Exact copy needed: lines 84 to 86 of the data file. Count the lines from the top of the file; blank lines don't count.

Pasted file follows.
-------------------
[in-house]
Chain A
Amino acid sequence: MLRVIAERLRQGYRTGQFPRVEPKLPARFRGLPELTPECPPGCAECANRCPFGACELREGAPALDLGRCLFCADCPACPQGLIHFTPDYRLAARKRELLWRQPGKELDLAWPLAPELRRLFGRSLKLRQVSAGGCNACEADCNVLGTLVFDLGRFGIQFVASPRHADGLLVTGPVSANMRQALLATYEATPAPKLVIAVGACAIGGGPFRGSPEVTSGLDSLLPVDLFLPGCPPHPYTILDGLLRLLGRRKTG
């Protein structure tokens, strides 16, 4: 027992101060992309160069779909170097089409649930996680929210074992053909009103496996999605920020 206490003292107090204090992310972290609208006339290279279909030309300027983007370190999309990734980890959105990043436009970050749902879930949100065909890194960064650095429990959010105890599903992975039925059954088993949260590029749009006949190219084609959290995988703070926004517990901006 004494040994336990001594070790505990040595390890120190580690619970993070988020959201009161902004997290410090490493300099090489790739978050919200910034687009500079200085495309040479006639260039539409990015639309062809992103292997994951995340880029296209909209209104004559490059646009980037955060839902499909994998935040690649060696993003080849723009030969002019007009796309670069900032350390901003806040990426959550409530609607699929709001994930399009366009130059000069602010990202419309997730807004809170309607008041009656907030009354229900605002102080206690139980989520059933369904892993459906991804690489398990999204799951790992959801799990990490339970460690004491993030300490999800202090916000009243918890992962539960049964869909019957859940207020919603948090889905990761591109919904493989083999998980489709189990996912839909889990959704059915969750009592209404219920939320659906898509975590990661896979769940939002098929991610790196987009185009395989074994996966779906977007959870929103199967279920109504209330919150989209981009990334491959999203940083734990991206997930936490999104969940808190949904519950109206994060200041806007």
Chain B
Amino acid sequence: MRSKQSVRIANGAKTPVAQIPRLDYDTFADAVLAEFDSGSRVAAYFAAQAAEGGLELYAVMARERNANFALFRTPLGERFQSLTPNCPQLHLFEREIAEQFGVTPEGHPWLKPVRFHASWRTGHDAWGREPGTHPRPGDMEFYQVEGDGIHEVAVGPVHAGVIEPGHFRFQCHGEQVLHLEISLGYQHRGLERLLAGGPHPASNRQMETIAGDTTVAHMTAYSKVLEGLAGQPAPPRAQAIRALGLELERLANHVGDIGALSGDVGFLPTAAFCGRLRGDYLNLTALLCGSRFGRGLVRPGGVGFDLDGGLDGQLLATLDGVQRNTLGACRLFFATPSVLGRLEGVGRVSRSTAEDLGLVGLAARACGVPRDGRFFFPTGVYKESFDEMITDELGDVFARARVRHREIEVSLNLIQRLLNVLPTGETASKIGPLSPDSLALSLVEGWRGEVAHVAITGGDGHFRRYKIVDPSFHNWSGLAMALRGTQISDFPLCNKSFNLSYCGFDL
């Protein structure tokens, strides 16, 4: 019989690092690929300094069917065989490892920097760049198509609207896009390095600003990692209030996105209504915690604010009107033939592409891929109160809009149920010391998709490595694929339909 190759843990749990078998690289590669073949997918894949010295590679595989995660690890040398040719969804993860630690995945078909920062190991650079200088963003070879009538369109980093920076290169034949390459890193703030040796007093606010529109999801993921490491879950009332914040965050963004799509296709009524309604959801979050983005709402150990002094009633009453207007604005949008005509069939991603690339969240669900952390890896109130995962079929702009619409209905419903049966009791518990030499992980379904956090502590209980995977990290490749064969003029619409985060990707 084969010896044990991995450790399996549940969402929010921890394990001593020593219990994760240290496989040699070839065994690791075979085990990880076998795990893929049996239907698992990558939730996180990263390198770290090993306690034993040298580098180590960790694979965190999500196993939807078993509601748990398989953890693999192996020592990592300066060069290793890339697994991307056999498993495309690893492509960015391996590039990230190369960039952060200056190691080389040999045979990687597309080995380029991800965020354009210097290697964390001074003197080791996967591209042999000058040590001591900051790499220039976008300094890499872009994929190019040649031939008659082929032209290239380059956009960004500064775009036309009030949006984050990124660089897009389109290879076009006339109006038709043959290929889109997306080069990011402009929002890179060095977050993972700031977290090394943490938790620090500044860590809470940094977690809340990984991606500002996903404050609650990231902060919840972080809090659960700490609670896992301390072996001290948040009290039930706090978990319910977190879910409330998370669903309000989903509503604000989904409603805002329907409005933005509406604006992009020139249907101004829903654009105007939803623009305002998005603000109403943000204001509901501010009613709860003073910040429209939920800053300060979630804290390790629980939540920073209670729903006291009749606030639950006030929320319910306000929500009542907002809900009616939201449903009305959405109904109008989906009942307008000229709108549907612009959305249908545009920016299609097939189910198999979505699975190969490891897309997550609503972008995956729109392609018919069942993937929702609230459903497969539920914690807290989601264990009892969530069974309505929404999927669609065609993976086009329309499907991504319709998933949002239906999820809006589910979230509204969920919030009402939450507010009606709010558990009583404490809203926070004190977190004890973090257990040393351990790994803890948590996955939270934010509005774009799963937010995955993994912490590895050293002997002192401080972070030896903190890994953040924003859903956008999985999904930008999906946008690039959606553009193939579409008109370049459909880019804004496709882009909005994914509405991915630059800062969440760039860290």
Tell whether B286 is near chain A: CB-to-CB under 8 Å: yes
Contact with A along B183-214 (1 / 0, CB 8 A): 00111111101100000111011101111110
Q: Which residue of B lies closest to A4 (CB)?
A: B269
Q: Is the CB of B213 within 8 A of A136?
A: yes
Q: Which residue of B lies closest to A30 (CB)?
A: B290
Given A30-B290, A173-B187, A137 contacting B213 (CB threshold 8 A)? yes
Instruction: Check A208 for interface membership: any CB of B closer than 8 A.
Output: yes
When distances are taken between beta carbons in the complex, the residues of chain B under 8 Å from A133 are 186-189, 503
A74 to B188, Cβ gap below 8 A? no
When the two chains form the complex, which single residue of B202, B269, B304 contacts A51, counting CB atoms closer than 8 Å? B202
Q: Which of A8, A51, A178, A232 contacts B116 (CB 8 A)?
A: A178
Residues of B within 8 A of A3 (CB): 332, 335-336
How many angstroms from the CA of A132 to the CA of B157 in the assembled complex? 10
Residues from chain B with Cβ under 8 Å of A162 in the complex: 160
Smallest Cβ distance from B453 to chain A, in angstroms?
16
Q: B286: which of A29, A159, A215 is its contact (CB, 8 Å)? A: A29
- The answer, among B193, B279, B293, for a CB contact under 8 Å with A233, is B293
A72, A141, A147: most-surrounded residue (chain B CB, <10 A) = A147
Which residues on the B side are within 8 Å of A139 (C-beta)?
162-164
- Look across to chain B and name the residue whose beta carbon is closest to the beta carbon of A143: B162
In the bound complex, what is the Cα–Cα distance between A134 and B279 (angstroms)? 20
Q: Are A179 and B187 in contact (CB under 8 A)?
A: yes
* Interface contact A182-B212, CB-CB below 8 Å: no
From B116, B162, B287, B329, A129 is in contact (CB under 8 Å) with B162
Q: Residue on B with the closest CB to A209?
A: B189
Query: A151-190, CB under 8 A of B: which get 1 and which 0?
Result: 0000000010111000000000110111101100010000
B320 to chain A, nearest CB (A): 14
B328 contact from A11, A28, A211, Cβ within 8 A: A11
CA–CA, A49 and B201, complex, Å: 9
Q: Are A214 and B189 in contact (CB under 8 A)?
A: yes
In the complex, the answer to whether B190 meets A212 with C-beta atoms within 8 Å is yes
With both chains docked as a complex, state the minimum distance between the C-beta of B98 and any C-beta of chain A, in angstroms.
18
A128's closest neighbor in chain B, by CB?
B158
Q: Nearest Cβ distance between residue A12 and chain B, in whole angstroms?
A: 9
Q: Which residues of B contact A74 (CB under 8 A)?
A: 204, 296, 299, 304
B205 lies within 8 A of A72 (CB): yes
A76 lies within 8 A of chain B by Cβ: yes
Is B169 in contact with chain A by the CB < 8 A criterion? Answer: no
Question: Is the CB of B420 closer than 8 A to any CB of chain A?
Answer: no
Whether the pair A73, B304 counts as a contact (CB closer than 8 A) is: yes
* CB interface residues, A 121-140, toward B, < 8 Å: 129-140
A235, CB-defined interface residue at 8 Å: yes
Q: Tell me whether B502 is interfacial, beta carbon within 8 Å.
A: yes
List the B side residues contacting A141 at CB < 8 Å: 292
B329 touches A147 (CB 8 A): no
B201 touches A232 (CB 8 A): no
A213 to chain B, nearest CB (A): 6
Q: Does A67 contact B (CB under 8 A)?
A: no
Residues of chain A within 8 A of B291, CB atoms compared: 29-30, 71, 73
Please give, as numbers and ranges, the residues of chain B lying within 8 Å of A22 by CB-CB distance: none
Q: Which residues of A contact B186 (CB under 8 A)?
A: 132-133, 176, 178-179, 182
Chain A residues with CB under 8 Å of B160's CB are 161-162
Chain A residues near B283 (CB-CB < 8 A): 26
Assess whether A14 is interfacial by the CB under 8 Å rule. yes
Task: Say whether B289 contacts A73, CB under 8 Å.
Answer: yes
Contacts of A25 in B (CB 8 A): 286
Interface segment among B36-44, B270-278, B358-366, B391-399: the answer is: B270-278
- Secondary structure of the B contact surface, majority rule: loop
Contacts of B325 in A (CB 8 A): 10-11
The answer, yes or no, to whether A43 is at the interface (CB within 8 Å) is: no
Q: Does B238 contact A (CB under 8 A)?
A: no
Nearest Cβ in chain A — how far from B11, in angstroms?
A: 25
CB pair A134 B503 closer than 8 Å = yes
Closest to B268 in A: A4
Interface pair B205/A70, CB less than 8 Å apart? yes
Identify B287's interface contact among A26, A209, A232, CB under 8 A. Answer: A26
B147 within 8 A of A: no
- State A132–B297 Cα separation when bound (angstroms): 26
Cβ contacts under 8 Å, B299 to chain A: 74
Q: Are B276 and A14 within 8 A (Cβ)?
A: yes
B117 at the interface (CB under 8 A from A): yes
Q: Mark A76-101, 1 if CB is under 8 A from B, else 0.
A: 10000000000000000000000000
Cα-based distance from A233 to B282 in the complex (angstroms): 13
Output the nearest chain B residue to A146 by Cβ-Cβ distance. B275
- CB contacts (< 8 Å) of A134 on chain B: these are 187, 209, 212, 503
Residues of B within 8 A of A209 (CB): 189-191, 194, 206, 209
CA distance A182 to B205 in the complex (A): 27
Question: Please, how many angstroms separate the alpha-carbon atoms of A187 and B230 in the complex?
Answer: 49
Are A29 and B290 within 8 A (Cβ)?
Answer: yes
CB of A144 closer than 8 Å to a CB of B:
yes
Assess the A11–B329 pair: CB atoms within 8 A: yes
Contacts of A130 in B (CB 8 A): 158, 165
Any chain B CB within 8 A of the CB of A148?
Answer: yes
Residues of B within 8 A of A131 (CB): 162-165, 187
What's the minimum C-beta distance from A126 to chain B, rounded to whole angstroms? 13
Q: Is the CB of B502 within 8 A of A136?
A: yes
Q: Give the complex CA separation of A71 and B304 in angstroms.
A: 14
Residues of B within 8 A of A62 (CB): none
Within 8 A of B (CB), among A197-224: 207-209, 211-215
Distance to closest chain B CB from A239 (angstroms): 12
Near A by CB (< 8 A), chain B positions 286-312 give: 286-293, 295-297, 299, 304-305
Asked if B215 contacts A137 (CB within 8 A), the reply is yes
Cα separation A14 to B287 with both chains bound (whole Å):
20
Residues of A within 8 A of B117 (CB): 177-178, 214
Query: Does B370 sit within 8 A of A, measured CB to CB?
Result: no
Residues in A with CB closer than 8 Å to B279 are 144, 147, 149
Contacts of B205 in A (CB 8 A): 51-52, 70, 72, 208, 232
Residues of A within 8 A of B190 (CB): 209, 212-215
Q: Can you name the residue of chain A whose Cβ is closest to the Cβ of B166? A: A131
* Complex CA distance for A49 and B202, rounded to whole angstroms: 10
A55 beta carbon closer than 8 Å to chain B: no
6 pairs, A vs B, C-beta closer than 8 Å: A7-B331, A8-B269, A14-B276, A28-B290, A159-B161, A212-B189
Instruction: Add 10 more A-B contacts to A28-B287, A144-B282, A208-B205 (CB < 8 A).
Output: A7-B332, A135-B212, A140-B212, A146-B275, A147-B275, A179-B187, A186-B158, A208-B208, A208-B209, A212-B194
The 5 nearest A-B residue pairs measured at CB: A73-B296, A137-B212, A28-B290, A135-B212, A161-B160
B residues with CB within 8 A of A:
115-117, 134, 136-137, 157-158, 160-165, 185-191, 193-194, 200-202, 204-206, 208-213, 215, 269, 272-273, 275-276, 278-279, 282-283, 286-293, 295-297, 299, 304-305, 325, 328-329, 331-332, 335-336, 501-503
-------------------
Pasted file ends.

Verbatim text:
Interface segment among B36-44, B270-278, B358-366, B391-399: the answer is: B270-278
- Secondary structure of the B contact surface, majority rule: loop
Contacts of B325 in A (CB 8 A): 10-11